Wharton | Mr. MBB to PE
GMAT 740, GPA 3.98
Stanford GSB | Mr. Equal Opportunity
GMAT 760, GPA 4.0
Chicago Booth | Mr. Community Uplift
GMAT 780, GPA 2.6
Cornell Johnson | Mr. Angel Investor
GMAT 700, GPA 3.20
Rice Jones | Mr. ToastMasters Treasurer
GMAT 730, GPA 3.7
Kellogg | Mr. MBB Private Equity
GMAT TBD (target 720+), GPA 4.0
Said Business School | Ms. Creative Planner
GMAT 690, GPA 3.81 / 5.0
Harvard | Mr. Soldier Boy
GMAT 720, GPA 3.72
Stanford GSB | Mr. Wedding Music Business
GMAT 710, GPA 3.7
Harvard | Mr. Big 4 Auditor
GMAT 740, GPA 3.55
Harvard | Mr. Software PE
GMAT 760, GPA 3.45
Harvard | Mr. First Gen Consultant
GMAT 710, GPA 4.0 (First Class Honours)
Stanford GSB | Mr. Classic Candidate
GMAT 760, GPA 3.9
Stanford GSB | Mr. MBB/FinTech
GMAT 760, GPA 3.7
Stanford GSB | Mr. Break Into Buy-Side
GMAT 780, GPA 3.6
Wharton | Mr. LatAm Indian Trader
GMAT 720, GPA 3.5
Harvard | Mr. Perseverance
GMAT 730, GPA 3.7
Stanford GSB | Mr. Politics Abroad
GRE 332, GPA 4.2/4.3
MIT Sloan | Mr. Canadian Banker
GMAT 720, GPA 3.7
Darden | Mr. Stock Up
GMAT 700, GPA 3.3
Harvard | Ms. Fintech To Tech
GMAT 740, GPA 3.54
Harvard | Ms. Finance
GMAT 760, GPA 3.48
Stanford GSB | Mr. Unrealistic Ambitions
GMAT 710, GPA 2.0
Kellogg | Mr. Kellogg 1Y
GMAT 710, GPA 3.58
Stanford GSB | Ms. CPA To MBA
GMAT 710, GPA 3.9
Harvard | Mr. Aspiring Elected Official
GMAT 670, GPA 3.8
Ross | Mr. LGBTQ PM
GMAT 710, GPA 3.91

Handicapping Your Elite B-School Odds

Ms. Biotech

  • 700+ GMAT (not yet taken)
  • 3.9 GPA
  • Undergraduate degree in biochemistry and cell biology from UC-San Diego
  • 3.9 GPA
  • Master’s in biology from UC-San Diego
  • Work experience includes time at a small biotech company after graduation, but contract ended due to economy crash in early 2009. Was unemployed for six months so enrolled in a teaching program. Have been with Wells Fargo since fall of 2009 in software quality assurance, first as contractor, then analyst and hired as a full-time employee a year later in midst of a hiring freeze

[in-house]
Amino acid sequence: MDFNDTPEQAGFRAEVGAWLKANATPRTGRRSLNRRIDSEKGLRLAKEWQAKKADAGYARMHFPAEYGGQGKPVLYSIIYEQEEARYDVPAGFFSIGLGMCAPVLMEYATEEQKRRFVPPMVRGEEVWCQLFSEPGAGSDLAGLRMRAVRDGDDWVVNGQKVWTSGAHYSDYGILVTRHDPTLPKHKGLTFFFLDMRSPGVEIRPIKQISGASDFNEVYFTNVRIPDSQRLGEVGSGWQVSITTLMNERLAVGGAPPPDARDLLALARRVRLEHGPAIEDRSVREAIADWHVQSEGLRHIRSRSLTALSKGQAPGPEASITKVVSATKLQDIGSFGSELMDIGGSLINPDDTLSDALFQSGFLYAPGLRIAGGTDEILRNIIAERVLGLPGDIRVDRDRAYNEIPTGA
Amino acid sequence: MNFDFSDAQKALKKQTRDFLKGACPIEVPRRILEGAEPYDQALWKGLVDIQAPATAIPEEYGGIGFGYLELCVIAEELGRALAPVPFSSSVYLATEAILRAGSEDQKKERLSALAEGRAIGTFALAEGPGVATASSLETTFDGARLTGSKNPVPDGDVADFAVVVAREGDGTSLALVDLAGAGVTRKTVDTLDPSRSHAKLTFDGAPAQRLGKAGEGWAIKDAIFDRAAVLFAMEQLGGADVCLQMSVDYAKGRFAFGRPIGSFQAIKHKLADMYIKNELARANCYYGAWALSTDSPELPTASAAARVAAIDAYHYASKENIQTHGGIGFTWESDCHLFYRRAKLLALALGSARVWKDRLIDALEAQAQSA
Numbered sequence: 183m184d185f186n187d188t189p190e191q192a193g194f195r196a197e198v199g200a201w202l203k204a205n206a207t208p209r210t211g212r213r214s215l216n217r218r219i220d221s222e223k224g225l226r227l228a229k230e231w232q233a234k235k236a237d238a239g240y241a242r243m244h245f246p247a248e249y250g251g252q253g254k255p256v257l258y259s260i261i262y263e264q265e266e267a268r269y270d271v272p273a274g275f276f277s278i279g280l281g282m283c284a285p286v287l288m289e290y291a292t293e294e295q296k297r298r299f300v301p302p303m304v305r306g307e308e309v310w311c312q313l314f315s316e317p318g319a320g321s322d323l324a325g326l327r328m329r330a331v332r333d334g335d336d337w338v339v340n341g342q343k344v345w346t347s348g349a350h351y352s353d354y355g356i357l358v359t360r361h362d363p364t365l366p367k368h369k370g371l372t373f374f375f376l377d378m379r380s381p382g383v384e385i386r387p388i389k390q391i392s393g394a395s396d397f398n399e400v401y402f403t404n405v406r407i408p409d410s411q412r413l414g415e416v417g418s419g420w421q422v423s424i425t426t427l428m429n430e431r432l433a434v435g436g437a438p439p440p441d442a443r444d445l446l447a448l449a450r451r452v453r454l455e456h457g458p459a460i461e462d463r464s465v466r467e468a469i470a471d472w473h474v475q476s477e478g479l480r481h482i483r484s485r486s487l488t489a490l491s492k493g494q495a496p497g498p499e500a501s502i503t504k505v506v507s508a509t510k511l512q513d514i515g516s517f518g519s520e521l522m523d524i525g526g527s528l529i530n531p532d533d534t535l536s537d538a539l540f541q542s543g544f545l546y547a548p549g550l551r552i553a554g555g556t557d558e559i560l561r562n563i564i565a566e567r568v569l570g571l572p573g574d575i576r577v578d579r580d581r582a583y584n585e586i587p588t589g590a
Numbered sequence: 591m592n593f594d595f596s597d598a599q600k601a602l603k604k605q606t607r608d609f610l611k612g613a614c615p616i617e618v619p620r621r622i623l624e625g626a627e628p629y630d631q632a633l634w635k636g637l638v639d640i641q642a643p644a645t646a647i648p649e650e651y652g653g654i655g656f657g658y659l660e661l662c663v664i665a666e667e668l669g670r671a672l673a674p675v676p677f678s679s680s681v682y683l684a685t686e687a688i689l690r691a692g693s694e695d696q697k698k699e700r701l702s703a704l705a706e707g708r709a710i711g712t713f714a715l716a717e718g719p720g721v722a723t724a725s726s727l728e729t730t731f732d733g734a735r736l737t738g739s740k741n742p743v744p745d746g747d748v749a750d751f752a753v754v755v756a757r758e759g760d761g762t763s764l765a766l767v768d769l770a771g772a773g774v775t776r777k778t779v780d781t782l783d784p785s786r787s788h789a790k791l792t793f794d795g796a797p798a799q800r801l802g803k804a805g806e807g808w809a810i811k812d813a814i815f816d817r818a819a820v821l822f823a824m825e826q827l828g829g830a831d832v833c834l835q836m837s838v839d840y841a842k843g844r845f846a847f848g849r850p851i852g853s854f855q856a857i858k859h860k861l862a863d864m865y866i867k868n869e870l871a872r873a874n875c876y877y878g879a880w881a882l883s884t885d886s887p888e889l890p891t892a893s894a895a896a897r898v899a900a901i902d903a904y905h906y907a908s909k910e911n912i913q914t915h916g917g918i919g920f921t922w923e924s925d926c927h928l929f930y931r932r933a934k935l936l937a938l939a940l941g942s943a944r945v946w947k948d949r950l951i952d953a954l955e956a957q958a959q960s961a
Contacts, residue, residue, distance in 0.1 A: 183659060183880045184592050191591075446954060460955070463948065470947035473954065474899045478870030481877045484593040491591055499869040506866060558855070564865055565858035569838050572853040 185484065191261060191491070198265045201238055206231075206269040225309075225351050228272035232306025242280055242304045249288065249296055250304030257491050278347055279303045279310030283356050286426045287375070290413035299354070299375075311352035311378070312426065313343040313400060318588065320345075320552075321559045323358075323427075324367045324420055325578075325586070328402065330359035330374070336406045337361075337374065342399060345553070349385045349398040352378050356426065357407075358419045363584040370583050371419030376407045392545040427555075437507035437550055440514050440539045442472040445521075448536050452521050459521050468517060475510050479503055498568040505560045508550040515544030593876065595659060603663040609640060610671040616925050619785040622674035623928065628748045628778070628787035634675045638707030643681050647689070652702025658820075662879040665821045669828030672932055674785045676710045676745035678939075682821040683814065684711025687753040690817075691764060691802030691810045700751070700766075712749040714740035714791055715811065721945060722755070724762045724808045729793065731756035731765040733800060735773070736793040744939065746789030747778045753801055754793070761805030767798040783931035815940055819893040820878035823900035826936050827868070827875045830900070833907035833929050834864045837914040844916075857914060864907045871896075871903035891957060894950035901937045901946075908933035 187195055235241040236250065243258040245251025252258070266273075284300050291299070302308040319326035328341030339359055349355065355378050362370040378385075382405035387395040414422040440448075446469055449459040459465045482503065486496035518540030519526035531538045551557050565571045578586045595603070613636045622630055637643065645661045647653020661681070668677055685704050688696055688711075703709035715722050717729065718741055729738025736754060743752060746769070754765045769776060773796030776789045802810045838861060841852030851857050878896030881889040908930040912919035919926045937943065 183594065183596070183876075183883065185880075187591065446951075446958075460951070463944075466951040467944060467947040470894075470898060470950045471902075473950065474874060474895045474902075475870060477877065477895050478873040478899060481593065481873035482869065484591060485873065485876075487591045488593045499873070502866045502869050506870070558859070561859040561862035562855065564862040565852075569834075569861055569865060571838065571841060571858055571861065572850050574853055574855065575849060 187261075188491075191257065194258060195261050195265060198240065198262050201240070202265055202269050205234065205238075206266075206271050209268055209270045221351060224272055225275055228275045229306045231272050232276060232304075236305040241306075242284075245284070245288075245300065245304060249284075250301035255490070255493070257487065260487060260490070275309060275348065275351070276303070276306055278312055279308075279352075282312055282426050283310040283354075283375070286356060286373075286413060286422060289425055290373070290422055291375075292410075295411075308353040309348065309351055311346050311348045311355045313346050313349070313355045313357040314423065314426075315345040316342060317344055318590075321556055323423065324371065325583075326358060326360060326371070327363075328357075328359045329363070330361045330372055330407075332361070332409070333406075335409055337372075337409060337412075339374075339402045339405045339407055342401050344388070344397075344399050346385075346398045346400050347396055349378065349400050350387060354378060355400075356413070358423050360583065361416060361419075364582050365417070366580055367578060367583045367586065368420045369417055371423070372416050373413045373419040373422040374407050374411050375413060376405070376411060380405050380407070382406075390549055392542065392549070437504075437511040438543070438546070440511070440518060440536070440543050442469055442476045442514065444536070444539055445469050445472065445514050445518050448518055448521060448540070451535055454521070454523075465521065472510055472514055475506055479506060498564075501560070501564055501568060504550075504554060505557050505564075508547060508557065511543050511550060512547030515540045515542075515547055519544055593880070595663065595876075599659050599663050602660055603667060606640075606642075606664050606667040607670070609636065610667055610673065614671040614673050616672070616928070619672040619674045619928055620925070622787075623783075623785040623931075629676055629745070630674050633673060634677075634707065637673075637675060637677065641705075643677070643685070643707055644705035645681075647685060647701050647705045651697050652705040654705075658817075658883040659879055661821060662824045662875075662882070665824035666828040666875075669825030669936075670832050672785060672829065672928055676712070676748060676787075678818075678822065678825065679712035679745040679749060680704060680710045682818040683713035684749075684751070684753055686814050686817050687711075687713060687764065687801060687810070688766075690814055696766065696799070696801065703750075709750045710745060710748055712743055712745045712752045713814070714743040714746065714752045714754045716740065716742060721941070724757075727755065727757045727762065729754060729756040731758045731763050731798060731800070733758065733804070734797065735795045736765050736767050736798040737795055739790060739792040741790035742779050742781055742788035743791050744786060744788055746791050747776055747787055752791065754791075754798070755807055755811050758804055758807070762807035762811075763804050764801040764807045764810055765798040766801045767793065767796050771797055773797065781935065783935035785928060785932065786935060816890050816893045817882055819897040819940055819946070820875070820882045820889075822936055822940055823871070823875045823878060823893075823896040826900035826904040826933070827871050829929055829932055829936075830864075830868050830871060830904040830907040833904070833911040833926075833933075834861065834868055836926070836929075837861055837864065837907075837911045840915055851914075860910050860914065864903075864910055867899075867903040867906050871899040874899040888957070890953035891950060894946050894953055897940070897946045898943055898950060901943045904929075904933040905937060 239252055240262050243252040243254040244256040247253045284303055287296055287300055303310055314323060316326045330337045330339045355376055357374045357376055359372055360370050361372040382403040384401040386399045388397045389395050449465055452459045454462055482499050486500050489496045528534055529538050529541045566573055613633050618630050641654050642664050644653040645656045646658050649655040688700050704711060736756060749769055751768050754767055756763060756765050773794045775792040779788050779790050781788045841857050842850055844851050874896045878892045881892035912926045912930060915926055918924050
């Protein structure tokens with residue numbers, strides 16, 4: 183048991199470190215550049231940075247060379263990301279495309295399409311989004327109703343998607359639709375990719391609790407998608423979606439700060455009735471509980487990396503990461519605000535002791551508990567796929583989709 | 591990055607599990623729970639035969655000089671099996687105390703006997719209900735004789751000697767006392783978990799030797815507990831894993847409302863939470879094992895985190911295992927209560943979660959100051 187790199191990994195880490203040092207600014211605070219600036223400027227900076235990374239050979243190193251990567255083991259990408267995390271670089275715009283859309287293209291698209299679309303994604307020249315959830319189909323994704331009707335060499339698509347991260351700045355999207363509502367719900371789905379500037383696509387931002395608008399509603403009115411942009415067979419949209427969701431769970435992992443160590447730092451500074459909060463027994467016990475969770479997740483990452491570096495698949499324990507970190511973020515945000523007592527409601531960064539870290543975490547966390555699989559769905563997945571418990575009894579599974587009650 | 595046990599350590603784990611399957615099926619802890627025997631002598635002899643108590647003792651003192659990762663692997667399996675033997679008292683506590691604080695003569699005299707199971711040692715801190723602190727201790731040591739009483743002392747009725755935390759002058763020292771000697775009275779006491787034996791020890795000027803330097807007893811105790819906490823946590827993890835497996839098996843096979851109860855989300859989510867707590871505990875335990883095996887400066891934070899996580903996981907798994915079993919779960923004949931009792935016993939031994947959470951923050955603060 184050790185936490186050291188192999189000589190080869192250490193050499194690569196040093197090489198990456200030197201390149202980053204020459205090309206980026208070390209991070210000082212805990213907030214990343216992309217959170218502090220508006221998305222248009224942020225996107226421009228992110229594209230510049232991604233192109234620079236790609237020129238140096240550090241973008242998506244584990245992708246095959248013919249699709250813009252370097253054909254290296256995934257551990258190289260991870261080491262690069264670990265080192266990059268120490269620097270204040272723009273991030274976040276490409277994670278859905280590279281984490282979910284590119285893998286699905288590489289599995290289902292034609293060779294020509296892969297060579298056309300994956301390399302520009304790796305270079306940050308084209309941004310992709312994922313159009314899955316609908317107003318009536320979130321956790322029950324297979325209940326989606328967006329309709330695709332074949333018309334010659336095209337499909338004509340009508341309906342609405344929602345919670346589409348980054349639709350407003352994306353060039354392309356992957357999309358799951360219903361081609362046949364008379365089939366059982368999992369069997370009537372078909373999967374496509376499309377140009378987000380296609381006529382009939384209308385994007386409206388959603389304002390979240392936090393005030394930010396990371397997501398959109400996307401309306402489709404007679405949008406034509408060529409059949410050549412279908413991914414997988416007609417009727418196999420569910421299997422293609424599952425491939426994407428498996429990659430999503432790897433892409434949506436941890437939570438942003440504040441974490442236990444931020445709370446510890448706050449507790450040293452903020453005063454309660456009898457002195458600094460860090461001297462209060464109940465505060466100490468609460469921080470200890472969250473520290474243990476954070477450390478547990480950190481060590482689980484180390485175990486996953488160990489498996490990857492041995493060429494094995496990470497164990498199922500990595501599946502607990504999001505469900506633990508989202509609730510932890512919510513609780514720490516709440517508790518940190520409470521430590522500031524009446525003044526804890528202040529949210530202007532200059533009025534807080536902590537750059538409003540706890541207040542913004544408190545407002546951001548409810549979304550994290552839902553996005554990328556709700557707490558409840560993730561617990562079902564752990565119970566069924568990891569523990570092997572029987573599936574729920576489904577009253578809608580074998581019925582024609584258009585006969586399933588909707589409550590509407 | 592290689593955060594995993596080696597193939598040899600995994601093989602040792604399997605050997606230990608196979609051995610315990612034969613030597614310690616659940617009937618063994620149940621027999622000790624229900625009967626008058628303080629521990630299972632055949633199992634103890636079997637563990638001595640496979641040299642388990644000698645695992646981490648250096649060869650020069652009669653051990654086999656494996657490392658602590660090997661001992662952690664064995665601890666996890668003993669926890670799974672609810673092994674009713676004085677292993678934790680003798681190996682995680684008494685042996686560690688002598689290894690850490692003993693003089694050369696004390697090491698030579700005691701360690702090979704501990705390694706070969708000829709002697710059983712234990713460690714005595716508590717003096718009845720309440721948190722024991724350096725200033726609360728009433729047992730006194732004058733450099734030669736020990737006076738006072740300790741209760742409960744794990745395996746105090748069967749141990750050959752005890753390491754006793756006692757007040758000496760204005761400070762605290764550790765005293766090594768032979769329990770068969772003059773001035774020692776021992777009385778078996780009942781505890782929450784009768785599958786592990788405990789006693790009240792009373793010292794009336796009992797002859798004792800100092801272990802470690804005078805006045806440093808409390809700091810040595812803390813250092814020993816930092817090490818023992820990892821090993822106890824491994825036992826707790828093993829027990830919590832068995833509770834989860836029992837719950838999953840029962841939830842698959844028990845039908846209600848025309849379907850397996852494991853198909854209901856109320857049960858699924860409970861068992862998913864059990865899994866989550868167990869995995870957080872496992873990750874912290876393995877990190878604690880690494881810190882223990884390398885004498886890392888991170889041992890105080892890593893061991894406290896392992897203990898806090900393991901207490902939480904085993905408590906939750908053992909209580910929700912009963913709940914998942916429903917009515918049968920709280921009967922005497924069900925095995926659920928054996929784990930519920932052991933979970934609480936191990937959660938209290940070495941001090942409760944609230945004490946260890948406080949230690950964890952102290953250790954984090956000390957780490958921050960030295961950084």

• Extracurricular involvement as vice president of public relations for my sorority in my senior year and now on the communications committee for the young professional network for Wells Fargo
  • Goal: Want an MBA to increase my business knowledge so I can eventually get back into biotech on the business side
  • “My real interest there is business development focused on utilizing bioinformatics in the biotech industry”
  • 27-year-old white female with a passion for science

Odds of Success:

Harvard: 20% to 30%

Stanford: 10 to 15%

Wharton: 30% to 50%

MIT: 30% to 50%

Chicago: 40% to 60%

Berkeley: 30% to 50%

Columbia: 40% to 60%

Sandy’s Analysis: Phew, what we got here is a great beginning, a happy ending and a so-so middle.  To wit

  1. the beginning: 3.9 in Bio both B.A.  and M.A., a projected solid GMAT score, plus an excellent first job at biotech
  2. the happy ending:  as you put it,  “get back into biotech  . . . .My real interest there is business development focused on utilizing bioinformatics . .  . .”
  3. with a so-so middle:  the actual four years you spent at Wells Fargo doing software Quality Assurance, which is a real snooze area at top tech firms like Oracle and Microsoft, and at 2nd-tier banks approaches Rip Van Winkle territory in terms of sleepiness.

I would not overly worry about the six months you spent unemployed getting a teaching certificate. That could be spun as a positive, and there’s not much you can do while unemployed.  Also, not that much  looks good anyway, except maybe body building or working for an NGO, which makes you employed.

I would worry more about how come you never landed another job in Biotech and apparently stopped looking. On your resume alone it appears that you drank the Wells Fargo iced tea–it wasn’t even Kool-Aid, since they were not really promising you anything. You just felt comfortable getting approval, and having a job, and learning new things. Not perverse motives for staying by any means, but by that time the Biotech market had recovered. Adcoms may wonder why did not hustle to get a Biotech job instead of remaining comfortably numb at Wells Fargo. Especially in light of the fact you already had worked in Biotech.